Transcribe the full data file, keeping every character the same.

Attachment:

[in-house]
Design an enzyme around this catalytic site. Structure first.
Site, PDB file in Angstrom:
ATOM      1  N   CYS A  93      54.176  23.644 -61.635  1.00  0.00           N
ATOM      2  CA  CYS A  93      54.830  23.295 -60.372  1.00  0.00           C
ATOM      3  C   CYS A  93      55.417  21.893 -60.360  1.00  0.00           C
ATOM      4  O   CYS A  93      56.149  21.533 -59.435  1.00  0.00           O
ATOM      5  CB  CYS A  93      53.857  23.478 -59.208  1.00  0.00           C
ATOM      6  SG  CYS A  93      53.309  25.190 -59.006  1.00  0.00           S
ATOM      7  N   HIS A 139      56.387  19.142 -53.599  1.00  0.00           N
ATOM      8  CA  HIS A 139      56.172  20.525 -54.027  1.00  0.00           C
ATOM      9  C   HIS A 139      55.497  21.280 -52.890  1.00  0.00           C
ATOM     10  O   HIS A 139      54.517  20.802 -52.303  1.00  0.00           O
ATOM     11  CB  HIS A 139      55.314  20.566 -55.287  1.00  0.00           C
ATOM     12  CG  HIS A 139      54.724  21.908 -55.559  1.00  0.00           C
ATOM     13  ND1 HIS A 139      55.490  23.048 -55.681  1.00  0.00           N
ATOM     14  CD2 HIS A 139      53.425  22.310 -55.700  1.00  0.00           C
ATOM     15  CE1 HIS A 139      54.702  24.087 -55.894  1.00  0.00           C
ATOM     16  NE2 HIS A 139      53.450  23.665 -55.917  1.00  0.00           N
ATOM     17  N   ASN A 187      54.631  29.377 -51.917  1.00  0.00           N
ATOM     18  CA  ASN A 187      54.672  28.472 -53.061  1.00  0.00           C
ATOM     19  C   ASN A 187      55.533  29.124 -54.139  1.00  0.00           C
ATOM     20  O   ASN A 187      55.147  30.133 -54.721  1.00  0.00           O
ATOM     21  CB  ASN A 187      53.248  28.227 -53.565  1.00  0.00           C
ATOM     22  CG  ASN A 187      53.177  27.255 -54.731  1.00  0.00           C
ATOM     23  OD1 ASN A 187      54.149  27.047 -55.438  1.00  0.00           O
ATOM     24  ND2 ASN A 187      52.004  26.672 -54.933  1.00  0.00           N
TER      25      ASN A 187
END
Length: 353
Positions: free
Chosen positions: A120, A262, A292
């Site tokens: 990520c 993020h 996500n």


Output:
[in-house]
Design an enzyme around this catalytic site. Structure first.
Site, PDB file in Angstrom:
ATOM      1  N   CYS A  93      54.176  23.644 -61.635  1.00  0.00           N
ATOM      2  CA  CYS A  93      54.830  23.295 -60.372  1.00  0.00           C
ATOM      3  C   CYS A  93      55.417  21.893 -60.360  1.00  0.00           C
ATOM      4  O   CYS A  93      56.149  21.533 -59.435  1.00  0.00           O
ATOM      5  CB  CYS A  93      53.857  23.478 -59.208  1.00  0.00           C
ATOM      6  SG  CYS A  93      53.309  25.190 -59.006  1.00  0.00           S
ATOM      7  N   HIS A 139      56.387  19.142 -53.599  1.00  0.00           N
ATOM      8  CA  HIS A 139      56.172  20.525 -54.027  1.00  0.00           C
ATOM      9  C   HIS A 139      55.497  21.280 -52.890  1.00  0.00           C
ATOM     10  O   HIS A 139      54.517  20.802 -52.303  1.00  0.00           O
ATOM     11  CB  HIS A 139      55.314  20.566 -55.287  1.00  0.00           C
ATOM     12  CG  HIS A 139      54.724  21.908 -55.559  1.00  0.00           C
ATOM     13  ND1 HIS A 139      55.490  23.048 -55.681  1.00  0.00           N
ATOM     14  CD2 HIS A 139      53.425  22.310 -55.700  1.00  0.00           C
ATOM     15  CE1 HIS A 139      54.702  24.087 -55.894  1.00  0.00           C
ATOM     16  NE2 HIS A 139      53.450  23.665 -55.917  1.00  0.00           N
ATOM     17  N   ASN A 187      54.631  29.377 -51.917  1.00  0.00           N
ATOM     18  CA  ASN A 187      54.672  28.472 -53.061  1.00  0.00           C
ATOM     19  C   ASN A 187      55.533  29.124 -54.139  1.00  0.00           C
ATOM     20  O   ASN A 187      55.147  30.133 -54.721  1.00  0.00           O
ATOM     21  CB  ASN A 187      53.248  28.227 -53.565  1.00  0.00           C
ATOM     22  CG  ASN A 187      53.177  27.255 -54.731  1.00  0.00           C
ATOM     23  OD1 ASN A 187      54.149  27.047 -55.438  1.00  0.00           O
ATOM     24  ND2 ASN A 187      52.004  26.672 -54.933  1.00  0.00           N
TER      25      ASN A 187
END
Length: 353
Positions: free
Chosen positions: A120, A262, A292
């Site tokens: 990520c 993020h 996500n």